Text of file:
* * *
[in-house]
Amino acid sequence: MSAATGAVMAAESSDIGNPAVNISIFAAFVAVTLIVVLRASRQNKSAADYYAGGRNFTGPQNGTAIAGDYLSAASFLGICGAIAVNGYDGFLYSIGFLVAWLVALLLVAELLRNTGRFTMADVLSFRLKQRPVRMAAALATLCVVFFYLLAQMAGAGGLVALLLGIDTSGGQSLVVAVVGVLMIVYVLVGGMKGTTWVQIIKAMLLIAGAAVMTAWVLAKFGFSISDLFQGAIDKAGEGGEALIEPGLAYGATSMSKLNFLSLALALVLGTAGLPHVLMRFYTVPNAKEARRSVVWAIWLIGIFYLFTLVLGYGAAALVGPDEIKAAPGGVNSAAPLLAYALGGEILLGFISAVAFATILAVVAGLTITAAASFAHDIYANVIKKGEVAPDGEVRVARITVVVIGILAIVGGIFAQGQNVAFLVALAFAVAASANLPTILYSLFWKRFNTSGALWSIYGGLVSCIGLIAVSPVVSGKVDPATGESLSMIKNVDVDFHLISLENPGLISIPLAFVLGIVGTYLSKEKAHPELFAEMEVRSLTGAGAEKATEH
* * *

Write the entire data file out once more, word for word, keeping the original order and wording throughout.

[in-house]
Amino acid sequence: MSAATGAVMAAESSDIGNPAVNISIFAAFVAVTLIVVLRASRQNKSAADYYAGGRNFTGPQNGTAIAGDYLSAASFLGICGAIAVNGYDGFLYSIGFLVAWLVALLLVAELLRNTGRFTMADVLSFRLKQRPVRMAAALATLCVVFFYLLAQMAGAGGLVALLLGIDTSGGQSLVVAVVGVLMIVYVLVGGMKGTTWVQIIKAMLLIAGAAVMTAWVLAKFGFSISDLFQGAIDKAGEGGEALIEPGLAYGATSMSKLNFLSLALALVLGTAGLPHVLMRFYTVPNAKEARRSVVWAIWLIGIFYLFTLVLGYGAAALVGPDEIKAAPGGVNSAAPLLAYALGGEILLGFISAVAFATILAVVAGLTITAAASFAHDIYANVIKKGEVAPDGEVRVARITVVVIGILAIVGGIFAQGQNVAFLVALAFAVAASANLPTILYSLFWKRFNTSGALWSIYGGLVSCIGLIAVSPVVSGKVDPATGESLSMIKNVDVDFHLISLENPGLISIPLAFVLGIVGTYLSKEKAHPELFAEMEVRSLTGAGAEKATEH